The Spy Who Dumped Me

Director: Susanna Fogel

Actors: Kate McKinnon, Justin Theroux, Sam Heughan

Release Date: Wednesday 22nd August 2018

Genre(s): Action, Adventure, Comedy

Running time: 117 minutes

After being dumped via text by her boyfriend of a year, a cashier named Audrey (Mila Kunis) struggles to celebrate her birthday – even with the enthusiasm and zaniness of bestie and roommate Morgan (Kate McKinnon). The two friends have no idea that Audrey’s ex, Drew (Justin Theroux), is a spy, until they find themselves being abducted, shot at and on the run the following day. The women unwittingly and tactlessly embark on a secret mission they get assigned to, which sees them travel across Europe.

Action comedies provide a far from successful movie line-up, and the genre’s films in recent years have been particularly unimpressive. Mike Myers got it right with the ‘Austin Powers’ trilogy while the recent ‘Kingsman’ movies have proven themselves at the box office, but aside from that, even attaching big names like Steve Carrell and Anne Hathaway (‘Get Smart’), Melissa McCarthy and Jason Statham (‘Spy’), Reese Witherspoon and Chris Pine (‘This Means War’), Henry Cavill and Armie Hammer (‘The Man from U.N.C.L.E.’), or Tom Cruise and Cameron Diaz (‘Knight and Day’) has produced nothing notable or memorable.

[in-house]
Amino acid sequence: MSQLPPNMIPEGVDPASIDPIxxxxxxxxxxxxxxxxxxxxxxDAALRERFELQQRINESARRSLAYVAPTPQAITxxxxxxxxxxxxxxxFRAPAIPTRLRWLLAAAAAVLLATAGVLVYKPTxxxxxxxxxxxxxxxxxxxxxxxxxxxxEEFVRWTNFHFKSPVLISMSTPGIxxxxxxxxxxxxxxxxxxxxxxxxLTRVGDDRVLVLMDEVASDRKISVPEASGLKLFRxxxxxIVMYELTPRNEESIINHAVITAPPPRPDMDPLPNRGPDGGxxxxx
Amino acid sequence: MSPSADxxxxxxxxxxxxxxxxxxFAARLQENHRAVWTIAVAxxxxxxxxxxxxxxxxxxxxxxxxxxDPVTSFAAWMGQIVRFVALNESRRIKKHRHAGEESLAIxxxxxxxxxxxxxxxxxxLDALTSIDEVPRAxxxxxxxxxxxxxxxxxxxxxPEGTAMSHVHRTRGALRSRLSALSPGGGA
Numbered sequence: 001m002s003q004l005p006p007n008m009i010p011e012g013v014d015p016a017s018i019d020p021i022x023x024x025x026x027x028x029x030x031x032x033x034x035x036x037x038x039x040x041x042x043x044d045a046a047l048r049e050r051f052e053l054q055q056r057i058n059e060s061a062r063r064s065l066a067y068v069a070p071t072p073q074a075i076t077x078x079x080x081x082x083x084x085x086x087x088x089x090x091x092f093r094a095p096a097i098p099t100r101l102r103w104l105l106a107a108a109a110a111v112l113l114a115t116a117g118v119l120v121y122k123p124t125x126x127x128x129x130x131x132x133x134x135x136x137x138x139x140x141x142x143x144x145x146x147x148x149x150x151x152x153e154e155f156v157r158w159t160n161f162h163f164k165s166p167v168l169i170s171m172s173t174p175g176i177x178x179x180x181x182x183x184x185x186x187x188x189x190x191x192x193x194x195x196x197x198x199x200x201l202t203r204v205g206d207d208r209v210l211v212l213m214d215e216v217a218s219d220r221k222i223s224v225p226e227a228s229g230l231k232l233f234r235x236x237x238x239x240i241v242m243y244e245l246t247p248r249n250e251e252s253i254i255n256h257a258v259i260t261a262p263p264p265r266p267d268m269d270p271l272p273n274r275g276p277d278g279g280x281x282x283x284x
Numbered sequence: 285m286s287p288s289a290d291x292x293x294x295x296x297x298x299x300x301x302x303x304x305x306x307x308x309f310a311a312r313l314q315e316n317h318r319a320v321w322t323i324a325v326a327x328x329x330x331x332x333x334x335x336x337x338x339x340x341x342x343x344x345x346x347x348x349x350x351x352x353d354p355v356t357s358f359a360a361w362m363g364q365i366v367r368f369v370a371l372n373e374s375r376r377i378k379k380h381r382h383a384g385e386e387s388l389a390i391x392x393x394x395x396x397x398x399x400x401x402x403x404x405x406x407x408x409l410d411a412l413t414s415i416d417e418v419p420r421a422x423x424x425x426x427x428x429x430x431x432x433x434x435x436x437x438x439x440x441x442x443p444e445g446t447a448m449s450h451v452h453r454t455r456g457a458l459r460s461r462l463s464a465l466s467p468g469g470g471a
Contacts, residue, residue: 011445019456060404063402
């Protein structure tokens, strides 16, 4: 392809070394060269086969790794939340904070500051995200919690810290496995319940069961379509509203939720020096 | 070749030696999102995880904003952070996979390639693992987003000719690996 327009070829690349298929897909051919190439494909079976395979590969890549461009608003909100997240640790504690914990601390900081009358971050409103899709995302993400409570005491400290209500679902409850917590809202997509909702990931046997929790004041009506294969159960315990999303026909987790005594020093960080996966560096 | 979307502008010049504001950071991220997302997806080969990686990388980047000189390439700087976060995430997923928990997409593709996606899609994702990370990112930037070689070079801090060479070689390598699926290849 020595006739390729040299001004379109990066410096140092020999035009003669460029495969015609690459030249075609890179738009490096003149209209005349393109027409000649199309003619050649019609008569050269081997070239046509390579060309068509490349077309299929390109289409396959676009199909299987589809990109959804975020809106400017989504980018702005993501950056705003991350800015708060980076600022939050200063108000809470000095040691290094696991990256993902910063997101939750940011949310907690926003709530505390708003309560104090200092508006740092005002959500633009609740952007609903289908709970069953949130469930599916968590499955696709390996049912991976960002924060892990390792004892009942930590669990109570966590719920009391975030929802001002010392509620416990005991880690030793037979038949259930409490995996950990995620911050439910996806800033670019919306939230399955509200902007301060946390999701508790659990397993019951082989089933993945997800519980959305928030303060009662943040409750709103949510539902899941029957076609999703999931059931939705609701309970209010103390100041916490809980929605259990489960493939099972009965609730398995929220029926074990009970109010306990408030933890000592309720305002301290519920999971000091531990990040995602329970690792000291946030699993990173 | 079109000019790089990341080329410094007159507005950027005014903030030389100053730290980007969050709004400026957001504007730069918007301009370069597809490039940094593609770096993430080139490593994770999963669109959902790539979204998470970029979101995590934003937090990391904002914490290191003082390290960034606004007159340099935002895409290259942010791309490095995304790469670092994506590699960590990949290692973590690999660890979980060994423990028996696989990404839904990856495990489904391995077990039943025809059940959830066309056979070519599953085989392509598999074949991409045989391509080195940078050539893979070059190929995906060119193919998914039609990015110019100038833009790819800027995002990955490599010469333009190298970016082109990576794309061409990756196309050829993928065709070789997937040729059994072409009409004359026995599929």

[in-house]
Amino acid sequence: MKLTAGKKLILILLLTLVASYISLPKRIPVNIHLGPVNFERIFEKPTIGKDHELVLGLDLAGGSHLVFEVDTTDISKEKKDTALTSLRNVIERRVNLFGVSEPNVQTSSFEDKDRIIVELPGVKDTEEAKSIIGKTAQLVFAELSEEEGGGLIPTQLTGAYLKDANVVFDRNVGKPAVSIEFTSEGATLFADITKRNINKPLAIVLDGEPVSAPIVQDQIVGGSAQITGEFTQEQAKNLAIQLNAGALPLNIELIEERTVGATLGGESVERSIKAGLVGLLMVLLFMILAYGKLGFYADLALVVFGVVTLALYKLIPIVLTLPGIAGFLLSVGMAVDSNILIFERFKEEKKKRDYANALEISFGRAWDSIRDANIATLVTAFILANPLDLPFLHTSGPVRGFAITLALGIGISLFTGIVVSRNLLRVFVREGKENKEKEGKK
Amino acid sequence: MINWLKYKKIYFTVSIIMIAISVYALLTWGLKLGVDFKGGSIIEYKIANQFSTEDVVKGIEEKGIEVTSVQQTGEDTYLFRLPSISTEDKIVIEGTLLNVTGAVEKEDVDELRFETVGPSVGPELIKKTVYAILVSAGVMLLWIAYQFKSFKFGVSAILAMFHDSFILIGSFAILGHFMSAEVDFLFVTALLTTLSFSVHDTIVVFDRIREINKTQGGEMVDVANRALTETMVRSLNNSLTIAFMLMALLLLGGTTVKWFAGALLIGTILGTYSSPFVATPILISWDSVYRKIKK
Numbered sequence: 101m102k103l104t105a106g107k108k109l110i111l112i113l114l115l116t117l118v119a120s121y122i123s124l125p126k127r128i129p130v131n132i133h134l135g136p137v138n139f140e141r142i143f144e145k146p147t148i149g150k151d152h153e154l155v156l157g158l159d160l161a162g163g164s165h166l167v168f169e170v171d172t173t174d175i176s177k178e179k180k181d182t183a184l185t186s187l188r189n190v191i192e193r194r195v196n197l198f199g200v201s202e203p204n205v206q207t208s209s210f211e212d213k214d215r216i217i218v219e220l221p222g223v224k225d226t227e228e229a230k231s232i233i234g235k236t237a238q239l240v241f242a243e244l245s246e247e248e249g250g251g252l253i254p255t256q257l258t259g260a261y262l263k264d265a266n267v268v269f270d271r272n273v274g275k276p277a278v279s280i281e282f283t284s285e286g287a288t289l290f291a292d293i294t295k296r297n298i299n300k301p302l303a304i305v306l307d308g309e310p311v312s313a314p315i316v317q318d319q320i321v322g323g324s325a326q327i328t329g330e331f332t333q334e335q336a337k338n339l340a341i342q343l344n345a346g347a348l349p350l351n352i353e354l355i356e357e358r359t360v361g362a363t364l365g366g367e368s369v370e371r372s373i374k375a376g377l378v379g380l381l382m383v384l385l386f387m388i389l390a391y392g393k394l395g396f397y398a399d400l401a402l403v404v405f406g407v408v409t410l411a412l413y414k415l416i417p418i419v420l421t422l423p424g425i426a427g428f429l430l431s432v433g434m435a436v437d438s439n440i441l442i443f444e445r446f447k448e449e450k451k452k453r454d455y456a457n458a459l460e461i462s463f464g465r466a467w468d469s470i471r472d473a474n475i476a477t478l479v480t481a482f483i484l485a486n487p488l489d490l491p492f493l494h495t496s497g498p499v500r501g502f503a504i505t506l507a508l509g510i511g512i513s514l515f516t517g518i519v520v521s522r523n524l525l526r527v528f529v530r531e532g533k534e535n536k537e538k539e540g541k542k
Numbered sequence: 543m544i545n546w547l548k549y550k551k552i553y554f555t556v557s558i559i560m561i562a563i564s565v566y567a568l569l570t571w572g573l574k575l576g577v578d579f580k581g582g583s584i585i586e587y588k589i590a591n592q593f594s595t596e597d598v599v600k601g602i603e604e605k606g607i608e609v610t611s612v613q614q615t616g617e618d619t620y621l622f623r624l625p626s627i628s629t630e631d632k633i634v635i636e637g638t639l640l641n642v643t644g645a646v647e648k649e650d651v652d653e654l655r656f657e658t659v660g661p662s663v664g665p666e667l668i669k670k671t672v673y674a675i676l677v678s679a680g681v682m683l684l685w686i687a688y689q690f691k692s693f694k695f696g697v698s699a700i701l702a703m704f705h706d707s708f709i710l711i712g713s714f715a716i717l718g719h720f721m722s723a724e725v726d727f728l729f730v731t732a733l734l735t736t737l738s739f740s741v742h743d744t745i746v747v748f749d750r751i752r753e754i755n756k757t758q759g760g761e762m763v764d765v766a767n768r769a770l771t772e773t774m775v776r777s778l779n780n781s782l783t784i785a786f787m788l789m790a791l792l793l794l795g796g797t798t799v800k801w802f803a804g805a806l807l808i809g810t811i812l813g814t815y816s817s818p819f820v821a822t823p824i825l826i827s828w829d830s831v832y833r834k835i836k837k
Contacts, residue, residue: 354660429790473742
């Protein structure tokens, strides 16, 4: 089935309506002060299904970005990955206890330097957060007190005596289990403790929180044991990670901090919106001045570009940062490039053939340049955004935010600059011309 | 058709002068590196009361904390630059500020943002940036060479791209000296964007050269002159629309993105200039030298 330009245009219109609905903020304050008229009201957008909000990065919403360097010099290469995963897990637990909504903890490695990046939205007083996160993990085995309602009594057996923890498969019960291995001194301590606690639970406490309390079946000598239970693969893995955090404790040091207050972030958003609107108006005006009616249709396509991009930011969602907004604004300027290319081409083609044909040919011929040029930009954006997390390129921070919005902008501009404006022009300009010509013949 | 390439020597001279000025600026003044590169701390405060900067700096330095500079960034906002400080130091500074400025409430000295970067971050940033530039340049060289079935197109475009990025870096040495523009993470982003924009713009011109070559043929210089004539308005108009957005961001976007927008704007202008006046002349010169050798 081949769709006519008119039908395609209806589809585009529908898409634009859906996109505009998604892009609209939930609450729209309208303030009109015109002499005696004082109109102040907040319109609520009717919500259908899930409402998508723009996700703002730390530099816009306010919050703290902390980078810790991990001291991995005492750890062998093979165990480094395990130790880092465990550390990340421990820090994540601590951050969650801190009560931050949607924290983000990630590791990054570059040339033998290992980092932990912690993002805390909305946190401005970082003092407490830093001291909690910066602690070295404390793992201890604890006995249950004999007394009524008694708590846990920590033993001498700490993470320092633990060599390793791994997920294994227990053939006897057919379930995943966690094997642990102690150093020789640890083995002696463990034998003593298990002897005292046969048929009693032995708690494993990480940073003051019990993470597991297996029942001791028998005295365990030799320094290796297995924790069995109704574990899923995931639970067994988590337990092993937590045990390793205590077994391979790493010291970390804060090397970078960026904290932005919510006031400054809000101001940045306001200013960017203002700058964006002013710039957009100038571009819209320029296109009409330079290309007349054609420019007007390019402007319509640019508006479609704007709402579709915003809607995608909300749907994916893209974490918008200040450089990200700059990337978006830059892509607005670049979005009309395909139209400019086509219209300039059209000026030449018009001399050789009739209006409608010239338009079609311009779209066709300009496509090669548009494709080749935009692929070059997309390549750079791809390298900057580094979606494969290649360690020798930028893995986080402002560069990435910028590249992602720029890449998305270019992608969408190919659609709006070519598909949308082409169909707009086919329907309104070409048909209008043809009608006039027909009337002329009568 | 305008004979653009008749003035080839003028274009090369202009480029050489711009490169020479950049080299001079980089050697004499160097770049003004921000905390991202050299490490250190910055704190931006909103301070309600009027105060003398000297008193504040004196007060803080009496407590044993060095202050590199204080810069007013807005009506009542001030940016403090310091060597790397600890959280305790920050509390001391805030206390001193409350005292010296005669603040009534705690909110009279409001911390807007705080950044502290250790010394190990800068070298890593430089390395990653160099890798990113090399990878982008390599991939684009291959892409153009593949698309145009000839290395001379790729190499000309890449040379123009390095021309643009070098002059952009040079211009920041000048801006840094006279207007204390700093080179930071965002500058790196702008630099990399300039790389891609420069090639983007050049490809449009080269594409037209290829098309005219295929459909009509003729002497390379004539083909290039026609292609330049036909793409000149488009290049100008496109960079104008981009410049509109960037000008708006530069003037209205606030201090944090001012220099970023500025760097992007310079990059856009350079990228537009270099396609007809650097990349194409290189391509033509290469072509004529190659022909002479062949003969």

So added to the list is ‘The Spy Who Dumped Me’, the title of which sounds hopelessly out-of-touch but striving to connect with its audience (which is primarily female, though the age demographic is much harder to understand).

The film has the odd laugh-out-loud moment but its plot is overlong and predictable. Kunis is a bland lead, though, as she did with ‘Ghostbusters’ (now retitled ‘Ghostbusters: Answer the Call’, for some reason) and last year’s ‘Rough Night’, McKinnon shines through the mediocrity. Her scenes with Gillian Anderson, a fun but not lifesaving addition, are a highlight, especially when she delivers a monologue about being in awe of the feminine powerhouse.

‘The Spy Who Dumped Me’ also has some surprisingly violent moments scattered throughout which seem to serve no point other than to ‘give the kids what they want.’ This contributes to the confusing tone as well as the aforementioned unclear audience demographic. As a result, while it is by no means a terrible film, one struggles to know whom to recommend to it to.